20% of UK stores predicted to close in next five years, thanks to the web

Internet shopping has become something that many of us take for granted in recent years. Let’s face it, it’s hard to argue against the convenience of being able to research a product online, then buy it and have it delivered to your door. While the range of products that can be purchased easily online has been a big factor in the explosive growth in online shopping, price is often an even greater advantage, particularly in these straitened times.

But the soaring popularity of online shops appears to be the vanguard of doom for brick-and-mortar stores, which simply can’t compete with the low overheads and operating costs of leaner web-based retailers, and the economies of scale enjoyed by massive online stores such as Amazon. It’s perhaps not surprising, then, that the United Kingdom’s Centre for Retail Research (CRR) predicts that 20% of the nation’s physical stores will close over the next five years.

As BBC News reports, the CRR paints a rather depressing picture of what’s to come: as many as 62,000 shops are expected to shut by 2018, with up to 316,000 jobs lost in the process. It predicts that pharmacies and health and beauty stores will be the first to close in significant numbers, with those retailers offering music, books, cards and gifts next to go.

Within five years, the proportion of shopping carried out via the web is expected to double in the UK to 22%, with demand for shopping in physical stores falling to the point that many shops simply won’t be able to afford to stay in business any longer. 

Source: BBC News

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I also think the shops closing is a lot due to the weather. Shopping online is nice and saves having to get a soak in. At least in the UK (as in walking around town etc).

Just been to Homebase to get a new bog seat. The store did not have the colour I wanted in stock so have had to order one online!

Some would argue it's the simplicity of online shopping that's causing this trend....I say No it's not. It's the fact that most brick and mortar stores fail to be competitive and fail to innovate to keep up with the times, and thus die like the old dinosaurs that they are.

Keep-up or get left behind.
If that is the trend in your market place an owner should have created an online outlet rather then crying and then closing down.

I do like to go shopping now and again, get out and smell air/laugh at people etc, it's good fun.

High street prices are usually WELL over the odds for prices, but sometimes I don't mind if I can get it there & then, especially after using it.

I know in the UK we are protected by long distance selling, so if you don't like it you can legally send it back even if you just don't like it, but thats hassel.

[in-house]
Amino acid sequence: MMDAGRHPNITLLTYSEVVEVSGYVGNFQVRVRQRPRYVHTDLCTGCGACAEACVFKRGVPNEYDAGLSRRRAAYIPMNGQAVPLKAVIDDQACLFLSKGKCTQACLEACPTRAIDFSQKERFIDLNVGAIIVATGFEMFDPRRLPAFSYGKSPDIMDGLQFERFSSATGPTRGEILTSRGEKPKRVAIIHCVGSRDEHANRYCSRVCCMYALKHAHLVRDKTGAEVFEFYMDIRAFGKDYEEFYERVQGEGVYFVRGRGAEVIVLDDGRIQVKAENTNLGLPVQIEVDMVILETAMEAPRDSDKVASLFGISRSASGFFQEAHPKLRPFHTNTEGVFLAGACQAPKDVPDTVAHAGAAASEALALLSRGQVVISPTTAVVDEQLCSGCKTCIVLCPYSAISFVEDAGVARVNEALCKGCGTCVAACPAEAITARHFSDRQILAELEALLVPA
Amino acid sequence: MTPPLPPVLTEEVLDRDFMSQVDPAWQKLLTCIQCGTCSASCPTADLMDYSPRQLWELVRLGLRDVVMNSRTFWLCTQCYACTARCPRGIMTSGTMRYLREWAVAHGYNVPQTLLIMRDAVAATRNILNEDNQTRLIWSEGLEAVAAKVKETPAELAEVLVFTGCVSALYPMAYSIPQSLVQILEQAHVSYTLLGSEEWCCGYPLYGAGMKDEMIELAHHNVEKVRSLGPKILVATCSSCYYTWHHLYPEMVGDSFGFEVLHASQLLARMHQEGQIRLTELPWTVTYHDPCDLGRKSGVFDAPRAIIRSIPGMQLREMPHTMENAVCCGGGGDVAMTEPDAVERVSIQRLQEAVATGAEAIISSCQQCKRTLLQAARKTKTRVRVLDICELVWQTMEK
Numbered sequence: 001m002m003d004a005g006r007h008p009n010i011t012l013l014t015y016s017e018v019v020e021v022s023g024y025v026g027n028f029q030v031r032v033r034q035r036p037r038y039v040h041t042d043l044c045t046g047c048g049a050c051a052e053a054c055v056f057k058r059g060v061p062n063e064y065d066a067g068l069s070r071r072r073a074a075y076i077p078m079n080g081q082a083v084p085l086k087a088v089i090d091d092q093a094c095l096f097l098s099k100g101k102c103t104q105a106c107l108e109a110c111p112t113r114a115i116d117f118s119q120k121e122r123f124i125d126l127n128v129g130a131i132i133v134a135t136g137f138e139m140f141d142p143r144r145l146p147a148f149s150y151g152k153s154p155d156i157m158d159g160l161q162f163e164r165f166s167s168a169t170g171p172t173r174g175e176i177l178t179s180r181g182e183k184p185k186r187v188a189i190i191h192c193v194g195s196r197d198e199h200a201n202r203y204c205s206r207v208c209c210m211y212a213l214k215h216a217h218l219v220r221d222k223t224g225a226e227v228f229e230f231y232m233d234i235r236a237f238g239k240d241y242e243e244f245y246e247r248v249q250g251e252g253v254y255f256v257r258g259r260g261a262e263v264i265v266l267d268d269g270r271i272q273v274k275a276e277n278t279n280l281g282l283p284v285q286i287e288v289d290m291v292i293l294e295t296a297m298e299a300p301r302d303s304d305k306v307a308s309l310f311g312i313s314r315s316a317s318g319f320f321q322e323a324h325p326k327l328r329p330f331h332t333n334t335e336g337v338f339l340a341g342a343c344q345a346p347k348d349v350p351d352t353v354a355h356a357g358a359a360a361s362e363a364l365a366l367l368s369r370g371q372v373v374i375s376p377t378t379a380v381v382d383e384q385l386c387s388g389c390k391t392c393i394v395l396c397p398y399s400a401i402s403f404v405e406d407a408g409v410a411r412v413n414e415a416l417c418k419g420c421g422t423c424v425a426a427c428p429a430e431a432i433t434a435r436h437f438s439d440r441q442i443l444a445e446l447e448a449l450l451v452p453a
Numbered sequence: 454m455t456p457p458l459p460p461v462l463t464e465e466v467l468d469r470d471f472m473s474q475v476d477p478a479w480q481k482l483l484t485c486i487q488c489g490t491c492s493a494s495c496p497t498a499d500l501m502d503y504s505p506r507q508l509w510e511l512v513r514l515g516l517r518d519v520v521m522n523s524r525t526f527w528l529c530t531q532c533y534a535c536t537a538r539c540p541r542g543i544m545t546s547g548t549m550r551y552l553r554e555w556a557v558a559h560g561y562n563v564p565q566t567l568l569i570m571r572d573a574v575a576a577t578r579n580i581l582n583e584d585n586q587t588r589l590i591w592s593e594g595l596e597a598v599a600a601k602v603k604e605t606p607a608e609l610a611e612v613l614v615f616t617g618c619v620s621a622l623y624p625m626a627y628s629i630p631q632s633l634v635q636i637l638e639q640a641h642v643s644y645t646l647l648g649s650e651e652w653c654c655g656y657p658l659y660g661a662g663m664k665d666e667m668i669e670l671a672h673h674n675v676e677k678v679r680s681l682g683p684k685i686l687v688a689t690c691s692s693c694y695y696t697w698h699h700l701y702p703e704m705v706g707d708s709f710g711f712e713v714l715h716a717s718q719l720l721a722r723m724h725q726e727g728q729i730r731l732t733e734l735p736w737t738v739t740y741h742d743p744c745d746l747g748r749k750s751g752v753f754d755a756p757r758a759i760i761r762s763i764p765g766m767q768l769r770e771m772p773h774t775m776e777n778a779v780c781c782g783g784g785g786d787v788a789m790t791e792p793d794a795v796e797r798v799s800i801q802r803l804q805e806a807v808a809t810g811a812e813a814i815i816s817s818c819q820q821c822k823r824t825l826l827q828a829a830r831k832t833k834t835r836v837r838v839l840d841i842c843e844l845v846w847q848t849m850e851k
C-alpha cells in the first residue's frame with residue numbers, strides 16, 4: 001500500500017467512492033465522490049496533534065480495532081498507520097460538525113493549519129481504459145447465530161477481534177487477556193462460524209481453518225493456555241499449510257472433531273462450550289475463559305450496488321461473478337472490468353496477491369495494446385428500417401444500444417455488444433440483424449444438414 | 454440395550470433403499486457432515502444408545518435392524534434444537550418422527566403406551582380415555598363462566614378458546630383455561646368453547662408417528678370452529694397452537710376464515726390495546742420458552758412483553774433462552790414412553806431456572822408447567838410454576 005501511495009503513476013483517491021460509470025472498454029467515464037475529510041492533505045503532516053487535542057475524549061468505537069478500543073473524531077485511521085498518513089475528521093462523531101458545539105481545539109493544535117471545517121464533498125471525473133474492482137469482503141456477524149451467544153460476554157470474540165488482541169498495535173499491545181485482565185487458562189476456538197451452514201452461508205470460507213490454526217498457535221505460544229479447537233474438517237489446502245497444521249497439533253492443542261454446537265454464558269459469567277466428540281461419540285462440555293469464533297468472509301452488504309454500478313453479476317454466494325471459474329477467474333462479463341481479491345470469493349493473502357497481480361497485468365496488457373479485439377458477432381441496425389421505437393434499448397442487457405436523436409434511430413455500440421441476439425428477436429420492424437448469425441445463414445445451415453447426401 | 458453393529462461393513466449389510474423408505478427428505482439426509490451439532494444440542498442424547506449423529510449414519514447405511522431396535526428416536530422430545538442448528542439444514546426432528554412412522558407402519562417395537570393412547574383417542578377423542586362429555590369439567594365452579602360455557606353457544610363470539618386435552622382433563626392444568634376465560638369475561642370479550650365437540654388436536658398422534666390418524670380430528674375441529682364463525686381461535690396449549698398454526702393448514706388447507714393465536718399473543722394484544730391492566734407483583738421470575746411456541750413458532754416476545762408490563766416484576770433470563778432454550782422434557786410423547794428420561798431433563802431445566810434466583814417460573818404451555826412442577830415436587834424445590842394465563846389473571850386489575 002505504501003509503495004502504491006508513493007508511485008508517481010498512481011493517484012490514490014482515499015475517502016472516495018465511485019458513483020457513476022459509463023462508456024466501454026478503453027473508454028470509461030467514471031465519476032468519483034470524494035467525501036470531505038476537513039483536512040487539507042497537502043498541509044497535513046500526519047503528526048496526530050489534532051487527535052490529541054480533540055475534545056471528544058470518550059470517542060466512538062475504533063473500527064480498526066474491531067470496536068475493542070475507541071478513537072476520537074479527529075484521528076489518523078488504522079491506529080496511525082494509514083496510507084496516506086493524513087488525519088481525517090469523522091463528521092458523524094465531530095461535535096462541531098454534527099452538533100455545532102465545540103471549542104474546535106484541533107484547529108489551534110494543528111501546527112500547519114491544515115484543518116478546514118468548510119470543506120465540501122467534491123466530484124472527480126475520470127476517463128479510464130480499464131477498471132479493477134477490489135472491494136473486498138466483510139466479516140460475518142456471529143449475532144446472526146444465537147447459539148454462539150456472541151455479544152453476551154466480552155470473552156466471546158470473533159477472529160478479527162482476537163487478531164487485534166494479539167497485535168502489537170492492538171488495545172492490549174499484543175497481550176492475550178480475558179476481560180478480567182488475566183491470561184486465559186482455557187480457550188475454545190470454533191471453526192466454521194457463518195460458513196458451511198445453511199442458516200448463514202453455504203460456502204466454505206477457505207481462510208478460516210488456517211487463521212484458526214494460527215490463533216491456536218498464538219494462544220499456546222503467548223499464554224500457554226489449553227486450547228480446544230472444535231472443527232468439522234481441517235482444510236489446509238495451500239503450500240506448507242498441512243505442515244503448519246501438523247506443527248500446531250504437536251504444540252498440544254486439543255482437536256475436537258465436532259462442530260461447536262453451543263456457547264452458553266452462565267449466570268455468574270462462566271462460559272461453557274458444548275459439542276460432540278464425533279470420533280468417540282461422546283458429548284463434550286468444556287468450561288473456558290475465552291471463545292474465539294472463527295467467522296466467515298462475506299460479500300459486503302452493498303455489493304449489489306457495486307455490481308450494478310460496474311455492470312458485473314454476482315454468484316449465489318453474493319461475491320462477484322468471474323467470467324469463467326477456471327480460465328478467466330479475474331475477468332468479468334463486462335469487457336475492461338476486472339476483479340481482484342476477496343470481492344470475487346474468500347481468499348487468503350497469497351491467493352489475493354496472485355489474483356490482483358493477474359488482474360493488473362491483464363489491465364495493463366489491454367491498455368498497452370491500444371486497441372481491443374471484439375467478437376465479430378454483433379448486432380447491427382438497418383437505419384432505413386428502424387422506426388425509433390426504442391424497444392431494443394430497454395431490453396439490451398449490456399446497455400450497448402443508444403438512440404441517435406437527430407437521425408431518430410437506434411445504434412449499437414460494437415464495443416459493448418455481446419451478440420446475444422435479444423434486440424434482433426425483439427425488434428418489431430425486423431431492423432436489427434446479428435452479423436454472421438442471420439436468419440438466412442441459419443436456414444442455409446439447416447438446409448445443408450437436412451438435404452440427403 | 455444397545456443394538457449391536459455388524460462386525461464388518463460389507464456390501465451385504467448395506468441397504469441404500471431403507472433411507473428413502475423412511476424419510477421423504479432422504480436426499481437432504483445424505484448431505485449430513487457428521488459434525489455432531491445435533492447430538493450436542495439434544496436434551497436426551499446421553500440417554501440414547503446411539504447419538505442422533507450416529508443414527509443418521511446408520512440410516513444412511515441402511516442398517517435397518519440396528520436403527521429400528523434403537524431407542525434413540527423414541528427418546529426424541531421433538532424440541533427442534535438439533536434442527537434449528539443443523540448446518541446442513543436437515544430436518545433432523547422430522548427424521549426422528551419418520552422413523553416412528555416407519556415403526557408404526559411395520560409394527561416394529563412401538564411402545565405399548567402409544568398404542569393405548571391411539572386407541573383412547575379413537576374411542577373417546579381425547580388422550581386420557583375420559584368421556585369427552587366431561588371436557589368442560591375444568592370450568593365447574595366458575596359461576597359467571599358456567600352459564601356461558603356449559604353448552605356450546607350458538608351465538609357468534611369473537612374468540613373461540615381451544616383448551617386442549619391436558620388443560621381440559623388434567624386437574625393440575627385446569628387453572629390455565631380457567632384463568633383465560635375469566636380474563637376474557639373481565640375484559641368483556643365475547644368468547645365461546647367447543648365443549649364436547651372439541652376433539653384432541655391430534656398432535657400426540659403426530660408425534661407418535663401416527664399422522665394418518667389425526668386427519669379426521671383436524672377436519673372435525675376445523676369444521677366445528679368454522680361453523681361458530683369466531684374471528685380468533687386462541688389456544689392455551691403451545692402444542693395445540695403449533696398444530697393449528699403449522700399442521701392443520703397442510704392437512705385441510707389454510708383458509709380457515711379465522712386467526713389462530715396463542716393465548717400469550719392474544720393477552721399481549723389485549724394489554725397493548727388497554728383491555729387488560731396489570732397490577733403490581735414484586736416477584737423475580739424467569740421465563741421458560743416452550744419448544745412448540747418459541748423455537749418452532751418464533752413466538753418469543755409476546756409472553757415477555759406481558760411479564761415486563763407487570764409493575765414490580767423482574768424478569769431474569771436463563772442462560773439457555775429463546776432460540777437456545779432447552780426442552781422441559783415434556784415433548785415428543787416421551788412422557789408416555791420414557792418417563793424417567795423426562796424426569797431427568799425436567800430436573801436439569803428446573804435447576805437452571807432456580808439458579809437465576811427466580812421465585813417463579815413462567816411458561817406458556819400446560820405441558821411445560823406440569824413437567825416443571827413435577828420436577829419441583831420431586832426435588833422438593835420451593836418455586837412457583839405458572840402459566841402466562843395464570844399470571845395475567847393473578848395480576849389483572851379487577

But the soaring popularity of online shops appears to be the vanguard of doom for brick-and-mortar stores, which simply can't compete with the low overheads and operating costs of leaner web-based retailers, and the economies of scale enjoyed by massive online stores such as Amazon

Not only that but I've found that online stores generally have vastly superior customer service compared to brick and mortar stores. Even when the price is the same (no sales tax here in OR) I still prefer to buy stuff from Amazon / Newegg simply because of that.

And then there's the other benefits of convenience, nobody tries to upsell you ****, don't have to find parking etc etc etc.

The crux of the problem is that it simply costs too much to have a physical presence on the high street coupled with the fact it's too expensive for customers to then access the high street. For example business rates are soaring, shop rent is increasing and parking charges are on the rise in my local area. On the other hand for e-business tax can be easily avoided, warehousing is getting cheaper and internet access is getting cheaper.

Indeed.

If I buy a game for £20 online you can expect it to be about £30 in GAME or alike. Not only that I would need to drive to the city centre which would be about £4 in petrol and parking at £3. Not only cost but that's hassle and time. That same 2 hrs trip would take about a minute online.

Nobody wants to pay more for something if they can get it cheaper. There are certain areas where the high street is better. Personally I have to buy clothes from a shop as I have to try before I buy. The other benefit to the high street is your purchase is instant and not a day after at the earliest. I wish more would adopt "collect from store".

I always thought the same regarding clothing... but I buy most of my stuff from ASOS now. Free delivery, free returns, absolutely hassle free. Plus there's always a discount code hanging around somewhere.

Most stores where I live have been replaced by betting shops & café's. The average UK high street is a very glum place, not easy to get to & there's nowhere to bloody park so good riddance.

Moving forward, I can easily see the traditional high street being replaced by large retail parks or Malls which will cater for people who do actually want to shop at a location where everything is in one place.